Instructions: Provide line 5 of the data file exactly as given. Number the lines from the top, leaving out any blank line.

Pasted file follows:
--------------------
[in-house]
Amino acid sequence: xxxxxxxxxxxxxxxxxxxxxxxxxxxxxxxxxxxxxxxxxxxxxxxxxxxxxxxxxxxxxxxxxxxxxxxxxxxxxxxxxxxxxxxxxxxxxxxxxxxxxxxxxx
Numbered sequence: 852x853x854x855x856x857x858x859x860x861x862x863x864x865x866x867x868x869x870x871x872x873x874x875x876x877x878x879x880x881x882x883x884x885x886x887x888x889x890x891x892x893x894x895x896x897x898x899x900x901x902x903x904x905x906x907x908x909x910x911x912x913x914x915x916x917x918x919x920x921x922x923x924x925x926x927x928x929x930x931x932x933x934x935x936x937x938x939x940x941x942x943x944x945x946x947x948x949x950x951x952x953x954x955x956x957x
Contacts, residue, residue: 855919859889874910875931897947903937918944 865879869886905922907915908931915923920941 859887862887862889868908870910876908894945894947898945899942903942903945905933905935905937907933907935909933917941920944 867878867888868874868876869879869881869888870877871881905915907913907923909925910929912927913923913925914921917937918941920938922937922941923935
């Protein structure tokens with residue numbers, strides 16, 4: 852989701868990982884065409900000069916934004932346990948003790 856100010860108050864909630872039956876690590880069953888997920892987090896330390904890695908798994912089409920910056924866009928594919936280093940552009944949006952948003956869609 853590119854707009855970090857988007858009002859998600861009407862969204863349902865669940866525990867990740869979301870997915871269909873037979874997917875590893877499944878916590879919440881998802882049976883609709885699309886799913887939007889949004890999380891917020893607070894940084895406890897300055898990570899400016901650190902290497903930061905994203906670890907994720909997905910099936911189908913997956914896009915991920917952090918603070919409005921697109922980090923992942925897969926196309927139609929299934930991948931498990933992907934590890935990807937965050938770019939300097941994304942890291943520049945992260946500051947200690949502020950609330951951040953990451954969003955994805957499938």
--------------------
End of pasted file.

């Protein structure tokens with residue numbers, strides 16, 4: 852989701868990982884065409900000069916934004932346990948003790 856100010860108050864909630872039956876690590880069953888997920892987090896330390904890695908798994912089409920910056924866009928594919936280093940552009944949006952948003956869609 853590119854707009855970090857988007858009002859998600861009407862969204863349902865669940866525990867990740869979301870997915871269909873037979874997917875590893877499944878916590879919440881998802882049976883609709885699309886799913887939007889949004890999380891917020893607070894940084895406890897300055898990570899400016901650190902290497903930061905994203906670890907994720909997905910099936911189908913997956914896009915991920917952090918603070919409005921697109922980090923992942925897969926196309927139609929299934930991948931498990933992907934590890935990807937965050938770019939300097941994304942890291943520049945992260946500051947200690949502020950609330951951040953990451954969003955994805957499938």